Welsh charity treks: Are good causes the only ones to benefit?

People taking part in Trekfest Image copyright Trekfest

There was a time when raising money for charity involved little more exertion than simply opening your purse and dropping coins into a collection box.

But in recent years, fundraising has stepped up a gear with volunteers keen to push themselves to their limits.

Around Wales, mountain treks, marathons, cycle rides and triathlons, are becoming big business for charities - and it seems that trend is set to continue.

This weekend about 600 walkers will congregate in the Brecon Beacons for the fourth annual Trekfest challenge where they will do either 100km (60 miles), 75km (46 miles), 50km (31 miles) or 25km (15 miles) to raise money for their chosen causes.

Image copyright Macmillan Cancer Support
Image caption The Gower MacMarathon attracts walkers from all over the UK

The organisation which runs it said the event had become "hugely popular" - so far, some 2,500 walkers have scaled the peaks of the beacons in the name of fundraising and the numbers taking part are rising each year.

It is not alone. Macmillan Cancer Support said its fundraising walks are attracting thousands of people and it has added two new walks this year.

In 2015, its flagship Gower MacMarathon - which is celebrating its 19th year - broke through the £1m barrier of money raised for charity.

So what is behind the surge in challenges? And are good causes the only ones to benefit?

Image copyright Macmillan Cancer Support
Image caption Macmillan Cancer Support's walk in Rhondda now has 1,000 people each year

"The way that we see it, people want to feel they're doing something - they want to focus on an end goal," said Amy White, Macmillan's fundraising manager for walks in Wales.

"Taking on something like a walk, they have something to work towards. They are raising money but also working towards personal goals and it's brilliant exercise.

"Our Rhondda walk is now in its eighth year. It started with 30 to 40 people and now has 1,000 walkers each year."

Adrian Barsby, chairman of the Wales Tourism Alliance, which represents 7,000 businesses, said the industry was feeling the impact.

"These events can only be positive for tourism in Wales," he said.

"These people stay overnight, they spend their money when they are here and they see things that might make them want to return.

"Tourism contributes 10-11% of Wales' GDP so the more people who come here the better."

Organising a Trekfest event in the Brecon Beacons

Image copyright Geograph/Rude Health
  • The organisation has to liaise with and pay a fee to National Resources Wales, the National Trust , Chester Masters (Pen y Fan estate management) and the Brecon Canal and River Trust
  • Trekfest is solely responsible for safety aspects during the event. It has more than 40 professional mountain leaders, medics, challenge guides, checkpoint coordinators working at the event - all are paid professionals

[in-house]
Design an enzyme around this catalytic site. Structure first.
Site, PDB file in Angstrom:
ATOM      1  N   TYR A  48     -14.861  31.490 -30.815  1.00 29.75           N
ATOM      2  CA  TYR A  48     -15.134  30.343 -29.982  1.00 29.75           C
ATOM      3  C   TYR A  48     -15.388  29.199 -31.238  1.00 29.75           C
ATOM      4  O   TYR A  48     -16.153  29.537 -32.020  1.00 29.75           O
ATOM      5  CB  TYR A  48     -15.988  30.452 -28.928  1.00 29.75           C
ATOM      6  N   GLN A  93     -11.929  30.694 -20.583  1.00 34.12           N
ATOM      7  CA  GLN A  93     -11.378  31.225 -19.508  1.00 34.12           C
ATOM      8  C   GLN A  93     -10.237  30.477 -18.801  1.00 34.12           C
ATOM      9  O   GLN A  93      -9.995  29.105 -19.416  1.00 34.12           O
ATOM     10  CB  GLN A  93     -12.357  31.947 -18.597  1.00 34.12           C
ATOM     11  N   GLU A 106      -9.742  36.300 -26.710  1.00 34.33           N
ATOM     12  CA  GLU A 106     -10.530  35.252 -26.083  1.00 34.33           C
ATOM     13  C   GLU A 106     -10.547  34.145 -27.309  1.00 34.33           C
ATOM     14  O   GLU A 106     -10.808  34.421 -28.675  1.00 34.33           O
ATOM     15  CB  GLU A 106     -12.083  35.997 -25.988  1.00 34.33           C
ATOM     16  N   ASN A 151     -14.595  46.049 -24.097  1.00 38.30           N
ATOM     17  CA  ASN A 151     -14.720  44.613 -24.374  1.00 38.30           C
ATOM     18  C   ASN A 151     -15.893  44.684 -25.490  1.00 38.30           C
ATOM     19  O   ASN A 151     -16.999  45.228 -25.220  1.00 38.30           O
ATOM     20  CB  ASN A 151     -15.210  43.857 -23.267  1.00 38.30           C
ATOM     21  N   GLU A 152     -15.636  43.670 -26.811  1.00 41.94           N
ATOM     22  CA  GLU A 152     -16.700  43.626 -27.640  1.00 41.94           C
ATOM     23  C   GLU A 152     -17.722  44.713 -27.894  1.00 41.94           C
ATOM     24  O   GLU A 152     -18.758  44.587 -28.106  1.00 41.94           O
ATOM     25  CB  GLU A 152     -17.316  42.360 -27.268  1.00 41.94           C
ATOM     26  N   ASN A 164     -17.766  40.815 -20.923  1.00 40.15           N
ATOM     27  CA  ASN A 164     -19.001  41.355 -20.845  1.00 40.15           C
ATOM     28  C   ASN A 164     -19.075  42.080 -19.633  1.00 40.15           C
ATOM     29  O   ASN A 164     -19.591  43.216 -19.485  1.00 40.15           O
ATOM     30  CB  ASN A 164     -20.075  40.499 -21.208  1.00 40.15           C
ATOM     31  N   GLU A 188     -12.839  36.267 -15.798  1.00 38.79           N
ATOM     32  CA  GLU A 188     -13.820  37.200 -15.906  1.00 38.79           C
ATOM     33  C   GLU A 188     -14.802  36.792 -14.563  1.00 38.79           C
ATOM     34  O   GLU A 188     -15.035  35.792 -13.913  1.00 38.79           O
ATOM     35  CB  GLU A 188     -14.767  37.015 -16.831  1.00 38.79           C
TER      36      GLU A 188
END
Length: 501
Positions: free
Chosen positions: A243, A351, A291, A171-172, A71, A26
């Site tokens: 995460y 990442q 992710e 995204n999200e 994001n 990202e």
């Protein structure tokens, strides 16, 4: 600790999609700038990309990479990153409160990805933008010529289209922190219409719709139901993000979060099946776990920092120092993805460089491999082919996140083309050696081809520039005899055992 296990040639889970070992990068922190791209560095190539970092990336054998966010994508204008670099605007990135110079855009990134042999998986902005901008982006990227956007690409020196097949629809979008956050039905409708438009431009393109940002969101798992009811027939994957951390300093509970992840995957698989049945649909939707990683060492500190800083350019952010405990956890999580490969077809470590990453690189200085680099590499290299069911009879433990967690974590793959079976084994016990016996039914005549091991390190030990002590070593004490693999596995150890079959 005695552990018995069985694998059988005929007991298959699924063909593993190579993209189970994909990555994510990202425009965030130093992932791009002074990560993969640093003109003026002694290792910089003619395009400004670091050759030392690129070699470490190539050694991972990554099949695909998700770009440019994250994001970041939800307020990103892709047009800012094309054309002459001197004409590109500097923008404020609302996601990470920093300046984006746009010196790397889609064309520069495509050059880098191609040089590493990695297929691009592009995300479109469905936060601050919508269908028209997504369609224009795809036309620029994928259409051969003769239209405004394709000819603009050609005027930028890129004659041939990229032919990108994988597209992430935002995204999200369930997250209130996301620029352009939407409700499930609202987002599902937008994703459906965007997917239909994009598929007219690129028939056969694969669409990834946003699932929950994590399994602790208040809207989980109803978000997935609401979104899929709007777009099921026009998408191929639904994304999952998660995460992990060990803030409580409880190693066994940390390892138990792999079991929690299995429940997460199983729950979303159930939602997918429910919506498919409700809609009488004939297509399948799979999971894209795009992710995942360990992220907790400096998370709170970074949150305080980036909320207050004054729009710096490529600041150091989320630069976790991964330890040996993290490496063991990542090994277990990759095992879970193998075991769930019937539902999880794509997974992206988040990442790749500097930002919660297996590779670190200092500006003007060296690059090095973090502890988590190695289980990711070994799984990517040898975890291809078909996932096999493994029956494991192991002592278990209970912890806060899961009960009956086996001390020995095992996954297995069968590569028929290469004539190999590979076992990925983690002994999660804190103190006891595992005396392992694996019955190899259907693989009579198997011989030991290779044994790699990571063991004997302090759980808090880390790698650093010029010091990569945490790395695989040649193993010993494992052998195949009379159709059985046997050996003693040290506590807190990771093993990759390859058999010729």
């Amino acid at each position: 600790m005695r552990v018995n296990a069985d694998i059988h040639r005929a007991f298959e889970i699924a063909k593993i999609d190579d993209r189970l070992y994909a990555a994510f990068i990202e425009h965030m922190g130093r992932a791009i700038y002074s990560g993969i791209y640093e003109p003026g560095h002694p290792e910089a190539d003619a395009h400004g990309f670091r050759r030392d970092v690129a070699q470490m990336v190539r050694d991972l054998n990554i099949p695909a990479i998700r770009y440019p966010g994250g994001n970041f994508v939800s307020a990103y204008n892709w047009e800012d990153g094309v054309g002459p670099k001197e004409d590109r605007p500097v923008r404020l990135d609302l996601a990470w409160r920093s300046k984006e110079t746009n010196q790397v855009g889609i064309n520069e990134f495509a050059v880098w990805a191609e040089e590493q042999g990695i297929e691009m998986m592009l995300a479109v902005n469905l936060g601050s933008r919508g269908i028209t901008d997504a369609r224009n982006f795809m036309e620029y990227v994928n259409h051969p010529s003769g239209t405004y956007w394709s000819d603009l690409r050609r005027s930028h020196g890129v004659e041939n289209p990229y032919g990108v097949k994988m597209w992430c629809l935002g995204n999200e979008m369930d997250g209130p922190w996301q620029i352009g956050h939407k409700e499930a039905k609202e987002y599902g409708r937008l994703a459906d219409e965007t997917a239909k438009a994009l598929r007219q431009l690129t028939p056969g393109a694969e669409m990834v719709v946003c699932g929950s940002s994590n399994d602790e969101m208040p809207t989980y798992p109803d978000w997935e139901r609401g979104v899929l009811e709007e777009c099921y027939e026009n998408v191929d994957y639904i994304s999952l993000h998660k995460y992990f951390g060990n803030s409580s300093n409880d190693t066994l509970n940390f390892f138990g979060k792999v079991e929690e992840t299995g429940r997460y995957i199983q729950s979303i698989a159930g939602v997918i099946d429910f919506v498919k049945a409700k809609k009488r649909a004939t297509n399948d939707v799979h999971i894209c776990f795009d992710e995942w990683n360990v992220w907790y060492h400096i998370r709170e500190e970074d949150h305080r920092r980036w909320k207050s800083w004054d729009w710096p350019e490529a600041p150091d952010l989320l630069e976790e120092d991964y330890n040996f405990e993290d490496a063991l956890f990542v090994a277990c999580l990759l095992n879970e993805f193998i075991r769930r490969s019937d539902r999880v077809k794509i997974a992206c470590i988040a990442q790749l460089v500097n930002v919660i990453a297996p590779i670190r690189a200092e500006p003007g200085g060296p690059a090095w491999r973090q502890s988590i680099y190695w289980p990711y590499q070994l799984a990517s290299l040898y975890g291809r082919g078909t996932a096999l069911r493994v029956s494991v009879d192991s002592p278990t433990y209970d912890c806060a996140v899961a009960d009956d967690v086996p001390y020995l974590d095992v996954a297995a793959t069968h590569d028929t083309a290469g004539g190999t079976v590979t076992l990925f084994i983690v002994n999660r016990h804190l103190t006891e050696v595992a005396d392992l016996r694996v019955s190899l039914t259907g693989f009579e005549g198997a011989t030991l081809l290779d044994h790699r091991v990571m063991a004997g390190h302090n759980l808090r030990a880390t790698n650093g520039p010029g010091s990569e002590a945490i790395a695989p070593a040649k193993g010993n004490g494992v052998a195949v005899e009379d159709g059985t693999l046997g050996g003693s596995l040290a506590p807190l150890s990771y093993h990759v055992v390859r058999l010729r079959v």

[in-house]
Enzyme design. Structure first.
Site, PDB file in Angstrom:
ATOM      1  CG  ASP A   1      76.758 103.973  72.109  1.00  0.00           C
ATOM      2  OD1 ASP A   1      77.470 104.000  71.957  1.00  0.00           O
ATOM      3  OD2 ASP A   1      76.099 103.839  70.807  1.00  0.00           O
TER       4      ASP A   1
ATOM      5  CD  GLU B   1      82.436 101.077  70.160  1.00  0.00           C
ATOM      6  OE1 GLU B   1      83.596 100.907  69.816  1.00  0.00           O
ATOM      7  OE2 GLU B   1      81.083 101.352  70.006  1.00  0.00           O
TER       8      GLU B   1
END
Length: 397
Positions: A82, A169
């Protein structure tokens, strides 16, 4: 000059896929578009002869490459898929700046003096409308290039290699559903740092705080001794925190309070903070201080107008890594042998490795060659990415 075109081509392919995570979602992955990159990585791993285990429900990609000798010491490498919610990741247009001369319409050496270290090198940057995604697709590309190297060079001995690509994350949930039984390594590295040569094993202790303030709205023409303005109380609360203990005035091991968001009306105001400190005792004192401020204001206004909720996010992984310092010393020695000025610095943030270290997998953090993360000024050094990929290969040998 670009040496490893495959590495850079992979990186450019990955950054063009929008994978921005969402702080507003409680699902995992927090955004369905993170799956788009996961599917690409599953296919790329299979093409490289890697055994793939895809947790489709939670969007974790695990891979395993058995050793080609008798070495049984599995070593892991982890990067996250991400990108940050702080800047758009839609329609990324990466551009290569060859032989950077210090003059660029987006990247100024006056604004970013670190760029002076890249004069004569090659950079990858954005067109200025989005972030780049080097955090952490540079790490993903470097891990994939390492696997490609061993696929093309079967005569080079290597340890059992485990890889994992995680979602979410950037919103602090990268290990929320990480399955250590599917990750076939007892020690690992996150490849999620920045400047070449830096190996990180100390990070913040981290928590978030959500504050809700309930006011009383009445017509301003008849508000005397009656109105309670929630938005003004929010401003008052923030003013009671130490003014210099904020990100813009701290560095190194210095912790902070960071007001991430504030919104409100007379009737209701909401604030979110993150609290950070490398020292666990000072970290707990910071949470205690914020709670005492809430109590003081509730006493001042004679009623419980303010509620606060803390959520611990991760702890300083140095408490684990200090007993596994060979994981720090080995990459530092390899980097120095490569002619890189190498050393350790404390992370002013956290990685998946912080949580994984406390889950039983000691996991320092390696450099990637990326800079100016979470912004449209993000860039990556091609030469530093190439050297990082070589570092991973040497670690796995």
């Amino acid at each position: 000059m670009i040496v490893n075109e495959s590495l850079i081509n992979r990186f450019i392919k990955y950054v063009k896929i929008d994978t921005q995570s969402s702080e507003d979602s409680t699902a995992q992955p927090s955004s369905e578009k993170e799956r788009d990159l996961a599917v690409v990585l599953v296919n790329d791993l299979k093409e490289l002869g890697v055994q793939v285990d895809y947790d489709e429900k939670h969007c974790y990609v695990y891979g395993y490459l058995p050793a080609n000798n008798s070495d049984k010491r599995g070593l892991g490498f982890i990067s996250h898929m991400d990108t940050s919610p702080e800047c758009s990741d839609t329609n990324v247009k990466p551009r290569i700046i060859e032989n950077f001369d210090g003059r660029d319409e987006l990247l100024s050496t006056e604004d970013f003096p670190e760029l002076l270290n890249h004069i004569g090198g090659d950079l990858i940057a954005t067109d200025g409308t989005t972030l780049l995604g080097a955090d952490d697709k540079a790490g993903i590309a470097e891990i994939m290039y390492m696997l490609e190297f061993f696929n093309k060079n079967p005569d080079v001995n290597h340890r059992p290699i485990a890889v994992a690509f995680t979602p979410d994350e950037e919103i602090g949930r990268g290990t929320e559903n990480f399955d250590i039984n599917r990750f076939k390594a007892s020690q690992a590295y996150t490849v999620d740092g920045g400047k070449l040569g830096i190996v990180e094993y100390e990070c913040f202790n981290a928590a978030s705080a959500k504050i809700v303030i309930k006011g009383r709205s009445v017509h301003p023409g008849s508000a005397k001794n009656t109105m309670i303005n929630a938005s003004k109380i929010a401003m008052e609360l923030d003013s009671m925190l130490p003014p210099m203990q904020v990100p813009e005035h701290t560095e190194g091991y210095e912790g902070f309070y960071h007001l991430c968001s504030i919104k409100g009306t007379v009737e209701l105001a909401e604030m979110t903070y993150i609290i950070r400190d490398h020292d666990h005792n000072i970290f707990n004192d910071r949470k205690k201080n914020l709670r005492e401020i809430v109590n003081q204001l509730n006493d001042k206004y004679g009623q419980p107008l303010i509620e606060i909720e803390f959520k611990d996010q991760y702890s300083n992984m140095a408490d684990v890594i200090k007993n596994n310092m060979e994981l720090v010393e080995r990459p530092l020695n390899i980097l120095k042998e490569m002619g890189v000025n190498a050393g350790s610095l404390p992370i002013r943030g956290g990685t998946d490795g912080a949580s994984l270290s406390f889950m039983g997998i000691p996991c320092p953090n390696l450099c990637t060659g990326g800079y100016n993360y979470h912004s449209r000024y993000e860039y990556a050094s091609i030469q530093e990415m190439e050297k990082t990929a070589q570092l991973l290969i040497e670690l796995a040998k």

• It performs "extensive pre-event reconnaissance" and has detailed emergency procedures in place - both out in the field and the on-call team back at base

But while charity events can showcase Wales' natural wonders, there is a fear too many visitors might spoil the tranquillity and scenery which are part of the country's appeal.

Adventurer Tori James - the first Welsh woman to climb to the summit of Mount Everest - said places like Pen y Fan in the Brecon Beacons and Snowdon had become hotspots for charity trekkers every weekend during the summer.

"It's a good thing in terms of getting people outdoors, it attracts people who wouldn't normally enter into the mountains - it makes the mountains a bit more accessible," she said.

Image copyright Tori James
Image caption Tori James is taking part in the Welsh Three Peaks Challenge

"But at the same time, it does bring pressure to some of the most popular areas, like with car parks. And also erosion, litter and congestion.

"I think it's about educating people how there are different routes on the mountains and you can support charities that actually look after the mountain and help with erosion issues and maintenance."

It is an issue that is also of concern to Tegryn Jones, chief executive of the Pembrokeshire Coast National Park Authority.

Image copyright Trekfest

"Where we have seen the problem is when we have things like triathlons when the weather is a bit wetter and lots of people are running along the coastal path and that can damage it," he said.

"Some charities are very well organised and work very closely with us - but others, we hardly know what's happening. So it's about acting responsibly."

But, ultimately, an increase in people being outdoors is a good thing, Ms James said.

"I'm taking part in the Welsh Three Peaks Challenge myself this weekend and I can see the appeal in these events," she said.

"In a world where we're stuck indoors more behind a computer screen, they are giving people the confidence to get outdoors and see spectacular scenery.

"I have been to some amazing places around the world but in the beacons, the views still take my breath away - and then you have the beauty of the coastal paths. Wales has so much to offer."

Image copyright Trekfest

But, of course, there is a downside to holding so many outdoor events in Wales - the weather.

"It can really make or break a walk," added Ms White.

"You can have x amount of people signed up to take part but on the day people don't turn up because of downpours.

"But that's out of our hands. We just have to keep building on the momentum and make sure these events continue to have impact."

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